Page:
The recent news that the largest city and regional magazine ownership group in the country may no longer exist (at least in its current configuration) was a wakeup call of confusion and angst amongst many of us in the regional magazine industry.
Emmis Communications announced last Thursday, in a letter to employees, the decision to take the publicly traded company private, reduce debt and sell off “most" of its publishing assets. In making the announcement, Emmis CEO Jeff Smulyan said, “I believe in the content of radio and magazines, but investors do not."
In 1998, when I was a neophyte publisher (and a refugee from the newspaper business), there was a Mount Rushmore-type panel of industry thought leaders at our annual convention. It featured my friend Ken Neill from Memphis magazine (Contemporary Media); the late Milt Jones, my mentor and the publisher at Palm Springs Life; and the founder of Texas Monthly, Mike Levy, who had announced its sale to Emmis just days before.
When asked how much longer city and regional magazines could expect to “survive the imminent death of print,” Levy responded, “maybe five years, maybe less.”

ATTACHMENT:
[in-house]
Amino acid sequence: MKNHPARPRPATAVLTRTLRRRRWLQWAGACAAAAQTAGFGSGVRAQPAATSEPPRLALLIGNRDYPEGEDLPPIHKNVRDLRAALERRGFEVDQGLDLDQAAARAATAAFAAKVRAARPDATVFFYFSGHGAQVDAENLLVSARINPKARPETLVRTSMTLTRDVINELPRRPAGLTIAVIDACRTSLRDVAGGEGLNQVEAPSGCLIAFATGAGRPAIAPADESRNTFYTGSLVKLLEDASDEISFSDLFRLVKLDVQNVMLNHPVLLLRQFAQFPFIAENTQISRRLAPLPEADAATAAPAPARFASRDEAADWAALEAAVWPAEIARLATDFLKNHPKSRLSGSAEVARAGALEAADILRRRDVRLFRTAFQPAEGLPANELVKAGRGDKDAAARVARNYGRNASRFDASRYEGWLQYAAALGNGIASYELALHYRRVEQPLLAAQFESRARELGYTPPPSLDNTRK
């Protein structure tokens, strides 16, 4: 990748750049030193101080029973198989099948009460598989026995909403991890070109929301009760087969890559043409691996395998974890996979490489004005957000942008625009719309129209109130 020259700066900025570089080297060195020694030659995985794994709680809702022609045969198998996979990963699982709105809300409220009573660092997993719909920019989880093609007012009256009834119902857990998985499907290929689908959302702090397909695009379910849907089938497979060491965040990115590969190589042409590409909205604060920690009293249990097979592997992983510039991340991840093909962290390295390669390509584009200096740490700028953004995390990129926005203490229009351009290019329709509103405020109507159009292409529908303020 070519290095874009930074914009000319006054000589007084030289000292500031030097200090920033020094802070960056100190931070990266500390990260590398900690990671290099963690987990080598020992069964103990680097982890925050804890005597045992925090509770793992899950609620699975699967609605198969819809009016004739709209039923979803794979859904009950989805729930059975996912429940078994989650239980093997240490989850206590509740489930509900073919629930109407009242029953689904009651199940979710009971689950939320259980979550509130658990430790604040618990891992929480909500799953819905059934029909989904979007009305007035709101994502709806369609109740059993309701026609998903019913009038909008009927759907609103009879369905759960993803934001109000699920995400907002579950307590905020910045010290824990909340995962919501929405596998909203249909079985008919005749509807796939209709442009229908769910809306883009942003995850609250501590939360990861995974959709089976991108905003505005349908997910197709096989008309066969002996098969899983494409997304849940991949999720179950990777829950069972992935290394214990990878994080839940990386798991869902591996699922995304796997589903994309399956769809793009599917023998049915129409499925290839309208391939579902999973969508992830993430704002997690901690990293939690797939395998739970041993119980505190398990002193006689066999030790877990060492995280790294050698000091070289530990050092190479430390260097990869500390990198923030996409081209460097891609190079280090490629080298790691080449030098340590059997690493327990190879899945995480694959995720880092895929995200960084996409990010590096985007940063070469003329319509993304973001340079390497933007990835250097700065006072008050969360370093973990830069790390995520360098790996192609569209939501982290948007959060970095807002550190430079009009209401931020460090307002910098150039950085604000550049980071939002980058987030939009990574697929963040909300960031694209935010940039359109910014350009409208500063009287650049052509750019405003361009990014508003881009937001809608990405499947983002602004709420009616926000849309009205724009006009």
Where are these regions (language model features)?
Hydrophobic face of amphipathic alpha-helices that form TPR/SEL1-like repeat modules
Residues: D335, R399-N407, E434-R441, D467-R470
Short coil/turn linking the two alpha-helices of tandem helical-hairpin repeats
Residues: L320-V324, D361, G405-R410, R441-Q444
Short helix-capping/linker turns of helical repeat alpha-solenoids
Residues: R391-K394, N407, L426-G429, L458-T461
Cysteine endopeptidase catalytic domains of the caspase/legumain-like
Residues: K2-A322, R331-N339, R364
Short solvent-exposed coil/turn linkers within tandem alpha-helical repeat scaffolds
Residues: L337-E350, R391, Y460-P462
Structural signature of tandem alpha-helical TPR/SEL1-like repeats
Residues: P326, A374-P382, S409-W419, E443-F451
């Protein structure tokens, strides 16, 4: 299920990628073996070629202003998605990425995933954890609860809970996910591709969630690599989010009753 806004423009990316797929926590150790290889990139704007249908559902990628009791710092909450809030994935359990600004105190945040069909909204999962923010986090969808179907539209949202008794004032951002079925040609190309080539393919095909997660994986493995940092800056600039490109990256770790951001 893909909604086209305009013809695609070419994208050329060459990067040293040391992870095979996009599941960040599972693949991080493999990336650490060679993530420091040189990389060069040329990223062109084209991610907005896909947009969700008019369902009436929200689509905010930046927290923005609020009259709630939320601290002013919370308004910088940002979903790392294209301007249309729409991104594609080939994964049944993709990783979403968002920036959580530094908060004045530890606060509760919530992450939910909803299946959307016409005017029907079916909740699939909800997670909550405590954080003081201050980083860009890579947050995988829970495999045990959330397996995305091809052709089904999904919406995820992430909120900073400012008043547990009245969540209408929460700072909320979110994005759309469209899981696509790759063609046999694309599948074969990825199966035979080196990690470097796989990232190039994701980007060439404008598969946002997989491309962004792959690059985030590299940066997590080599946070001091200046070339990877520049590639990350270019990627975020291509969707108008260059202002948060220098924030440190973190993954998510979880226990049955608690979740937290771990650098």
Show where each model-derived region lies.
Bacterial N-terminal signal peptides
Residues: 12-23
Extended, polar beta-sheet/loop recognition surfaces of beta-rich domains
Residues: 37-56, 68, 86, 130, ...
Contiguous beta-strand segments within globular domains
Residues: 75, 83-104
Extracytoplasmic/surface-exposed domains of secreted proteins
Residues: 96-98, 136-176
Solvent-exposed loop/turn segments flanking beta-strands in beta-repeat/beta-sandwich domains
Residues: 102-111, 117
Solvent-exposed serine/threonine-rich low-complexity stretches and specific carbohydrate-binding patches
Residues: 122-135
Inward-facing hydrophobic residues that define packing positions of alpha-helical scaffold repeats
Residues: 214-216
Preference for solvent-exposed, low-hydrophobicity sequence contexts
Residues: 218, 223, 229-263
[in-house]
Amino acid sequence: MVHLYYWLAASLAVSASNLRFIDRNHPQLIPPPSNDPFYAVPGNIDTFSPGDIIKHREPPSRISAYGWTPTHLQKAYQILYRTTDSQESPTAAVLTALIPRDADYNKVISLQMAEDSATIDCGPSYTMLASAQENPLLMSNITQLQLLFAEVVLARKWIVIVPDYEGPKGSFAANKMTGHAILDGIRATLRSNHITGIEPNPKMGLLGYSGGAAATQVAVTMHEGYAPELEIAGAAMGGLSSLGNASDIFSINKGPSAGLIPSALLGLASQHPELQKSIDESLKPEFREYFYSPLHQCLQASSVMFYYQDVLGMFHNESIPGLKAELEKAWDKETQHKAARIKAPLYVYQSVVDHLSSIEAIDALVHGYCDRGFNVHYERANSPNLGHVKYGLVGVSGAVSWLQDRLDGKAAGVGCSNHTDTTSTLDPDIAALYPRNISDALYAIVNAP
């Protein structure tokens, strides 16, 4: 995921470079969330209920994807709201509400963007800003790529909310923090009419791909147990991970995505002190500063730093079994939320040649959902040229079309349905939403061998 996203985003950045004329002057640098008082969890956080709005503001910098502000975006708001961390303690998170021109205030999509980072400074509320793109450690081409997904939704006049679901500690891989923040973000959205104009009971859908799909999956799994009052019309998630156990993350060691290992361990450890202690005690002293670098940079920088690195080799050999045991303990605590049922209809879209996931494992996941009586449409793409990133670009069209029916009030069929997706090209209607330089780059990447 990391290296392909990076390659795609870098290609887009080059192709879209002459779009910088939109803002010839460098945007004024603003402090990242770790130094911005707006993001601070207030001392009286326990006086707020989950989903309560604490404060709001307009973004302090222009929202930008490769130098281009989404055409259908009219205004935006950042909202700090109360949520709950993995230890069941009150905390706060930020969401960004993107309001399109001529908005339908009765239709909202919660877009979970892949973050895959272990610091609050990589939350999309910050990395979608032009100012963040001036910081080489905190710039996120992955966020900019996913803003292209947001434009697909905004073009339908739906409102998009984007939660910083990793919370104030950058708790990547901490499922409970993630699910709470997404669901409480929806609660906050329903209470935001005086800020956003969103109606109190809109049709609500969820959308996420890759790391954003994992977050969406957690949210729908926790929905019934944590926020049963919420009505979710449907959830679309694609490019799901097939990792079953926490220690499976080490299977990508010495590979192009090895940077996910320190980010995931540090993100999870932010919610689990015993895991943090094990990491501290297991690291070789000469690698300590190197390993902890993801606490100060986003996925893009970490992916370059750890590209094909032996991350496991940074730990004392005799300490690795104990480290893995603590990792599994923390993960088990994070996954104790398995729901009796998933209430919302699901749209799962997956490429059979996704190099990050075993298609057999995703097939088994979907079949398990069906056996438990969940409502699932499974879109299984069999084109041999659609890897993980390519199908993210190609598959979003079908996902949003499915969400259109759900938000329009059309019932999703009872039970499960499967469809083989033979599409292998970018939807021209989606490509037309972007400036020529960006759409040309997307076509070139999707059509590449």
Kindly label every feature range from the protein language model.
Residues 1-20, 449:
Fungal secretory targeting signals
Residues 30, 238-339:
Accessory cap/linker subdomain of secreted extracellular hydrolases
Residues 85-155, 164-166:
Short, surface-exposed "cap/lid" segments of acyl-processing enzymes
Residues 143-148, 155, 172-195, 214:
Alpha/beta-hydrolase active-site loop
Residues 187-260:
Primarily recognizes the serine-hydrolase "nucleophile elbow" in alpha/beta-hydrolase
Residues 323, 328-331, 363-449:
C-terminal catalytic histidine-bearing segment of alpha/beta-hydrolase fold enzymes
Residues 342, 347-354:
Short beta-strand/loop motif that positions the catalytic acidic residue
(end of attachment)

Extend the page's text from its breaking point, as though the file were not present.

Emmis Communications employs some of the best and brightest in our business. Full disclosure, many are professional friends and colleagues who — when corporate governance of a publicly traded company allowed — shared professional insights and readily provided valued assistance.
Many in the regional magazine business are, like me, entrepreneurs — in it not for the vast promises of treasure but for the brand, the commitment to celebrate a sense of place, to provide a look more deeper and thought provoking than what traditional media allows.
The fact that investors do not see the value in some media is, in my opinion, the tragic flaw in the recent evolution of the Fourth Estate and it’s required financial genuflect to Wall Street — a sad commentary on journalism, communications, and the media.
I, for one, believed in the medium of city and regional magazines seven years ago, and have spent the past twenty promoting that fervor. Good luck to my Emmis friends and colleagues.
We have a great history, track record and future. I know many of you will be a part of it.